Future is Today for Five Producing Algae Biofuels

John Davis

AlgaeinbeakerWhile I know we’ve talked about the promise of algae-based biofuels, especially biodiesel, many of you have pointed in derision to the seemingly always present caveat: in about five years… the amount of time the ideas seem to take until they’re ready for the street.

But there are some companies that are not still five years away from making algae biofuels viable. They are on the verge of producing it in usable quantities now. This article in Popular Science profiles five companies that are making biofuels out of algae, although those companies are still working on making it commercially viable. Here are a couple of the projects now working in the United States:

Solix Biofuels
The Project /// A demonstration facility that could produce up to 3000 gallons of algal biofuels per acre per year by the end of 2009

The Location /// Coyote Gulch, Colo.

The Technology /// Solix uses specialized photo-bioreactors in which batches of microalgal cultures are grown in large, closed-growth chambers under controlled light and temperature conditions. The company claims its closed systems can produce up to seven times as much biomass as open-pond systems. Once the cultures are fully grown, their oil is extracted through the use of chemical solvents like benzene or ether. The solvents are mixed into the chambers to separate the oil from the algae, and it is then collected from the surface. Solix is also collaborating with the Los Alamos National Laboratory to use its acoustic-focusing technology to concentrate algal cells into a dense mixture by blasting them with sound waves. Oil can then be extracted from the mixture by squeezing it out; this makes the extraction process much easier and cheaper, obviating the need for chemical solvents.

To Market /// Tentatively by the winter of 2009.

Sapphire Energy
The Project /// A 300-acre integrated algal biorefinery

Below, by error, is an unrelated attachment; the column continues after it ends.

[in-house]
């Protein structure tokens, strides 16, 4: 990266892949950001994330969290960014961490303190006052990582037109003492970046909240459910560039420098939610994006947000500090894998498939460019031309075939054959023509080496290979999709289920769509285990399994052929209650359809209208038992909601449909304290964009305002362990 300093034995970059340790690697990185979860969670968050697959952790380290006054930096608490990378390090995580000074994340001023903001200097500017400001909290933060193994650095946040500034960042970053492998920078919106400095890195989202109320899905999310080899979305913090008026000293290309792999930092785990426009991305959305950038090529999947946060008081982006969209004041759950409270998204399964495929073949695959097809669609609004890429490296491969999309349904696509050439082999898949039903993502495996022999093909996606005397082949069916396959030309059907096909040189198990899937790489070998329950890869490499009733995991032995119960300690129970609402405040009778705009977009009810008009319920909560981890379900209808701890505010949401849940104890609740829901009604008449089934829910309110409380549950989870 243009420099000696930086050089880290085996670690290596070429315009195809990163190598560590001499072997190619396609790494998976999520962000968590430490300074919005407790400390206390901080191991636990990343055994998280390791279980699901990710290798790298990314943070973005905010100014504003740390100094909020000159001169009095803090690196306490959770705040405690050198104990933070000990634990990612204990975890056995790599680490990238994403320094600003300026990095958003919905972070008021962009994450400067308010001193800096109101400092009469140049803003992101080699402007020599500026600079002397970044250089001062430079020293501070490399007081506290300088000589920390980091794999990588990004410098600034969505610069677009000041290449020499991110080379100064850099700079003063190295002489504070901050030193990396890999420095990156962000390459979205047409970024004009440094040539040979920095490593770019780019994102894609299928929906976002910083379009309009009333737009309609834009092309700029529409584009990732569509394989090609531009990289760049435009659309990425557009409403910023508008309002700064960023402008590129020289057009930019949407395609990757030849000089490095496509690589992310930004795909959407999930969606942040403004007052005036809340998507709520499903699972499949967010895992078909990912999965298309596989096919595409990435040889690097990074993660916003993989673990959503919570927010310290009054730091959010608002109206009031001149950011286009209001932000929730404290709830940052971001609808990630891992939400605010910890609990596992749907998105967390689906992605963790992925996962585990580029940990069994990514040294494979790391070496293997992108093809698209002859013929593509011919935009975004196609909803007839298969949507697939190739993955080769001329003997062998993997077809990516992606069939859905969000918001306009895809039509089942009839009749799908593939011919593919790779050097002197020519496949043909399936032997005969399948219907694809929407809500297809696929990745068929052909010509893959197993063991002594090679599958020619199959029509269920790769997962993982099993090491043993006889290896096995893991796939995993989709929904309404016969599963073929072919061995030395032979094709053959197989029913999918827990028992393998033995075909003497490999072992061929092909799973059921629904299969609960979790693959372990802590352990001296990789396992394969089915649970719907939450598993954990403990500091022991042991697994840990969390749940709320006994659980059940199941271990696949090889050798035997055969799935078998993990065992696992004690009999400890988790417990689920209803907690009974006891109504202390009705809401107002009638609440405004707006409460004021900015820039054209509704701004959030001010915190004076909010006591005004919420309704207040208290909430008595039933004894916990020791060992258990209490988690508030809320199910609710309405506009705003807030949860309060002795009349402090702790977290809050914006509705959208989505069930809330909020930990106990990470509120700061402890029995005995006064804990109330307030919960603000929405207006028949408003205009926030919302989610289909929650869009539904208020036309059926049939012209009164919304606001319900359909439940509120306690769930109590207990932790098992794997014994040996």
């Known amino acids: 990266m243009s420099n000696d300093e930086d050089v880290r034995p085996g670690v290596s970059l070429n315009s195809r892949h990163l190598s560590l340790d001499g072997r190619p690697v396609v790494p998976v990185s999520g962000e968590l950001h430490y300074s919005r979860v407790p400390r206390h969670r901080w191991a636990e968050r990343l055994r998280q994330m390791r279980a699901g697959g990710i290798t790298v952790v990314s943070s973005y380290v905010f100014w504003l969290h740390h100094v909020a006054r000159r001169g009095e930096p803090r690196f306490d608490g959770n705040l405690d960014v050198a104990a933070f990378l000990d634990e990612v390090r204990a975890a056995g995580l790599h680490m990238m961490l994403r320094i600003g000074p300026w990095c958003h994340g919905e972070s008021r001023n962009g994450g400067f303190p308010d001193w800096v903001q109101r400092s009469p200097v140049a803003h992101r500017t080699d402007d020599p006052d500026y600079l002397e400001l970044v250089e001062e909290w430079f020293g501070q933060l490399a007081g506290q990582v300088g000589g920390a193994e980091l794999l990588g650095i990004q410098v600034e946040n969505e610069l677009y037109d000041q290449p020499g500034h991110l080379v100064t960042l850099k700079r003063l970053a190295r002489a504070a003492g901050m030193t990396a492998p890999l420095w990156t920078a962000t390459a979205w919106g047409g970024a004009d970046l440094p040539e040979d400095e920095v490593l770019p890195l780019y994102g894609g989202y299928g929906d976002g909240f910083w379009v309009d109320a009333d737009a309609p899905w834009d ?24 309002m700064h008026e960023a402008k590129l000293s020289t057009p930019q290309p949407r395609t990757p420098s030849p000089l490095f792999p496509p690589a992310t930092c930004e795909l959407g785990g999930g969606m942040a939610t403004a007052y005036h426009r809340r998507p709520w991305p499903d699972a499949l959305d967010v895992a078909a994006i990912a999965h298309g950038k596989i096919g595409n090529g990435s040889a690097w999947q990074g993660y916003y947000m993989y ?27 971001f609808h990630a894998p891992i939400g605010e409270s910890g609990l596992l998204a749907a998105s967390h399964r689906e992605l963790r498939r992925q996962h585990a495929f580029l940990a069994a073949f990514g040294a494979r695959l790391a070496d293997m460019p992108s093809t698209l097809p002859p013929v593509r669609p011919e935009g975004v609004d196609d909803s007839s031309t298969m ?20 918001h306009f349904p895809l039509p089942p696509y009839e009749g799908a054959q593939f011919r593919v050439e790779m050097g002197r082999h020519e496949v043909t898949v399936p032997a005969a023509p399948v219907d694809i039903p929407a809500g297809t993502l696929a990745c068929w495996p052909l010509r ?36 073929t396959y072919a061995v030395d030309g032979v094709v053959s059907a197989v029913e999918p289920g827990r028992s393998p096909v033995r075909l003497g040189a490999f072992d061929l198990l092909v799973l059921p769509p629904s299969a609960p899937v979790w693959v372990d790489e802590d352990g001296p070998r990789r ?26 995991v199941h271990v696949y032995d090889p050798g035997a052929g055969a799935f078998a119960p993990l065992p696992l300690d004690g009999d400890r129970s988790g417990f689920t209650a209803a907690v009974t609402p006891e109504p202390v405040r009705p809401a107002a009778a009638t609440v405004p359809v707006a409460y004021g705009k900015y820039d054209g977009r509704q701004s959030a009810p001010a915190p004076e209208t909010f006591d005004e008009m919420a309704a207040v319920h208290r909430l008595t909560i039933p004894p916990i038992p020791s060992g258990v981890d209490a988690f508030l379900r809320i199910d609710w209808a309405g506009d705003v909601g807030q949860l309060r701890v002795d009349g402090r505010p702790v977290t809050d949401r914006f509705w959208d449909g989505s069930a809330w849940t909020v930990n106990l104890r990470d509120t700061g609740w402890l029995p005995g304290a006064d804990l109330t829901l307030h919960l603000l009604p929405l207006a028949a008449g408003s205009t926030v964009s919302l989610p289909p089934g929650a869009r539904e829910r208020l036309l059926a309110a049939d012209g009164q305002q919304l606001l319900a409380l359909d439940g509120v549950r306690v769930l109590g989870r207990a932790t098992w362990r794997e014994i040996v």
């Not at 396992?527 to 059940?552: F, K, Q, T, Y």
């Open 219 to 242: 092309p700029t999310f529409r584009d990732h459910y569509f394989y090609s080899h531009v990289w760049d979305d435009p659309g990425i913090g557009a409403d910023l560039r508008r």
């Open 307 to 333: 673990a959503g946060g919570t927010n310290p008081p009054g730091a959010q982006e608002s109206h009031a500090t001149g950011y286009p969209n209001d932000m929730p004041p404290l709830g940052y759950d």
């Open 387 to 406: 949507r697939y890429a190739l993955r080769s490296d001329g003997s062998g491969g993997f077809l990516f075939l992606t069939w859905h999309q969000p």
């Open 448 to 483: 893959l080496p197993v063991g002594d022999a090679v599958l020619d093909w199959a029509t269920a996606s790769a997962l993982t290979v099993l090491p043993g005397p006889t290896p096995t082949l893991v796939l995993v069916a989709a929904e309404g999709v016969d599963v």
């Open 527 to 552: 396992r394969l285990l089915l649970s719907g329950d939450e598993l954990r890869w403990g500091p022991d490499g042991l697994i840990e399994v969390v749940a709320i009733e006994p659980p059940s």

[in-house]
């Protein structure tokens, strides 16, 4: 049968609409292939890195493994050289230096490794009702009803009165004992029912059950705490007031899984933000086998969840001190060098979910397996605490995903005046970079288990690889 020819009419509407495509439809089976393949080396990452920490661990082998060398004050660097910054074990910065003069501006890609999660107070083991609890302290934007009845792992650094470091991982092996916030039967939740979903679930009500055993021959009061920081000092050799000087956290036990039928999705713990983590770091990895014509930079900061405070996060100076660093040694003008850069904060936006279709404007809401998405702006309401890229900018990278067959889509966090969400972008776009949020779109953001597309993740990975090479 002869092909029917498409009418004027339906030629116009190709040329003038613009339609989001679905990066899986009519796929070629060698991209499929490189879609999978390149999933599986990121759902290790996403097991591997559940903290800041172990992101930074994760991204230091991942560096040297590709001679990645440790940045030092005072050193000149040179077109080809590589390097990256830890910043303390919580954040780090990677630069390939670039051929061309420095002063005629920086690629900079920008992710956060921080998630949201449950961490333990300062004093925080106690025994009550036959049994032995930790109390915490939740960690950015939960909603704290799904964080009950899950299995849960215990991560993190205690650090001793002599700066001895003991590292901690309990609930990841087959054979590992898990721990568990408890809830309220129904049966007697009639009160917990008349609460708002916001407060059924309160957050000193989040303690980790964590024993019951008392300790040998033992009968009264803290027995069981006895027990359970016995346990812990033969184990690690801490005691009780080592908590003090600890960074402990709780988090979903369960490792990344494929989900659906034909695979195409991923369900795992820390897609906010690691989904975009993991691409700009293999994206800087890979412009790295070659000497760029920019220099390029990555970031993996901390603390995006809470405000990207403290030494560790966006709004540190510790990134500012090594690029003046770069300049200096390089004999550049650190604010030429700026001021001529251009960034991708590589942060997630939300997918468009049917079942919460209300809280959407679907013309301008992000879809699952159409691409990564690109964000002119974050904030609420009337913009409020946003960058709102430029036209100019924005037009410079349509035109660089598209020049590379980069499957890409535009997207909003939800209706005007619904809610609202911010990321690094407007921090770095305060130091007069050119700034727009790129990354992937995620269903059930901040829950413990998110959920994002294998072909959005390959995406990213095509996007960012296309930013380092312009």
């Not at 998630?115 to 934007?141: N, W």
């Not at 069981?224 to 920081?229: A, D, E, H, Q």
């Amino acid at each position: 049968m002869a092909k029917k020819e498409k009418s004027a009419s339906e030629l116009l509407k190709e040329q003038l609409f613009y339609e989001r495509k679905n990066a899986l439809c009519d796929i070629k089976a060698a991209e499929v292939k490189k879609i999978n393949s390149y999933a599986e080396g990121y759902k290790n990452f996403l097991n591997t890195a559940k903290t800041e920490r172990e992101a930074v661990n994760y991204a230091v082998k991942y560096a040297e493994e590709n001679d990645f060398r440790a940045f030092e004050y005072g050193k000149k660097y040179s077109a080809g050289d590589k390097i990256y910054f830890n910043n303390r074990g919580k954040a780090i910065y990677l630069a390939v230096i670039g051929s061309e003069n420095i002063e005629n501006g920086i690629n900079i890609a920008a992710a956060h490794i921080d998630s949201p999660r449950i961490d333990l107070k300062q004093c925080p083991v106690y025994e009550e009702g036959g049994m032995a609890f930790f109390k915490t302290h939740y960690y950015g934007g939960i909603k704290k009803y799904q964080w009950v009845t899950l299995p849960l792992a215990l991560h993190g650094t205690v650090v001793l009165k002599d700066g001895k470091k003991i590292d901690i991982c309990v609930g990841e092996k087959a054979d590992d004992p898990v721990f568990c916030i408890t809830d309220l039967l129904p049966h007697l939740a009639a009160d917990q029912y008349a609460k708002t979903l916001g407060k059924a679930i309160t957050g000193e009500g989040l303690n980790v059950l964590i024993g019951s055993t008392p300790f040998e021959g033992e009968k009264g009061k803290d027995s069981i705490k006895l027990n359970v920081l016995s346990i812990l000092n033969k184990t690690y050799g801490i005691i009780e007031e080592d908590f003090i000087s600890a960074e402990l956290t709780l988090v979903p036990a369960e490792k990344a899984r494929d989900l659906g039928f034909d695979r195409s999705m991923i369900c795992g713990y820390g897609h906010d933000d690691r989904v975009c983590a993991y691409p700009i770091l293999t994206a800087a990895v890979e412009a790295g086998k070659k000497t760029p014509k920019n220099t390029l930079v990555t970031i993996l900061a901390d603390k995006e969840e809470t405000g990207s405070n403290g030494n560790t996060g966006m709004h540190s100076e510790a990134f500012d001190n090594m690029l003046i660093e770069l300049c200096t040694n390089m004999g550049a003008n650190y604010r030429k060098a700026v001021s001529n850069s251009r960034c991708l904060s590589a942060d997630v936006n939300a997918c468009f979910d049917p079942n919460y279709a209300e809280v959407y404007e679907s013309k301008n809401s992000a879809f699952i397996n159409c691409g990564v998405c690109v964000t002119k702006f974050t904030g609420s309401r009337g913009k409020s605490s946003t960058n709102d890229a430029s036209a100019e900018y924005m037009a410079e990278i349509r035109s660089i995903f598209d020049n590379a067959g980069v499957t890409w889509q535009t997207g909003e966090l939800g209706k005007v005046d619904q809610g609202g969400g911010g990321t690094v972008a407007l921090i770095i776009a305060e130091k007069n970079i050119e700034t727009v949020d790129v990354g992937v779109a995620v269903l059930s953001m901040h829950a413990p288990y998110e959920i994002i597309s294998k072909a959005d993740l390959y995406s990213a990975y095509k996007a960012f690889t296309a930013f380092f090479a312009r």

The Location /// Southern New Mexico

The Technology /// Sapphire’s focus is on “green crude,” a liquid that has the same composition as crude oil, and is therefore compatible with existing refineries. The company has already shown that its fuel can be used in cars and even jets. Sapphire has a 100-acre pilot facility near Las Cruces, N.M.

To Market /// The plan is to make 1 million gallons of diesel and jet fuel per year by 2011, 100 million by 2018, and 1 billion gallons per year by 2025. There are no figures as of yet for the now-running 300-acre facility.

The Project /// Along with Sustainable Oils (camelina-based biofuel) and Honeywell subsidiary UOP (biodiesel), Solazyme plans to supply 400,000 gallons of fuel to the Air Force and 190,000 gallons to the U.S. Navy 1500 gallons of jet fuel for the U.S. Navy by 2010.

The Location /// South San Francisco

The Technology /// Solazyme engineers designer algal cultures using DNA from different strains to maximize oil production and size and grows them in large fermentation vessels before harvesting their oil. It first tested its jet fuel in late 2008.

To Market /// Solazyme claims that it is on track to produce over 20,000 gallons of fuel for the Navy by 2010. The company hopes to bring the cost of its fuel down to $60 to $80 per barrel within next two to three years.

Admittedly, algae-based biofuels need to get more cost-effective, but for you skeptics who say it will never happen, that’s what they said about the ethanol and biodiesel industries when they were young.

algae, biofuels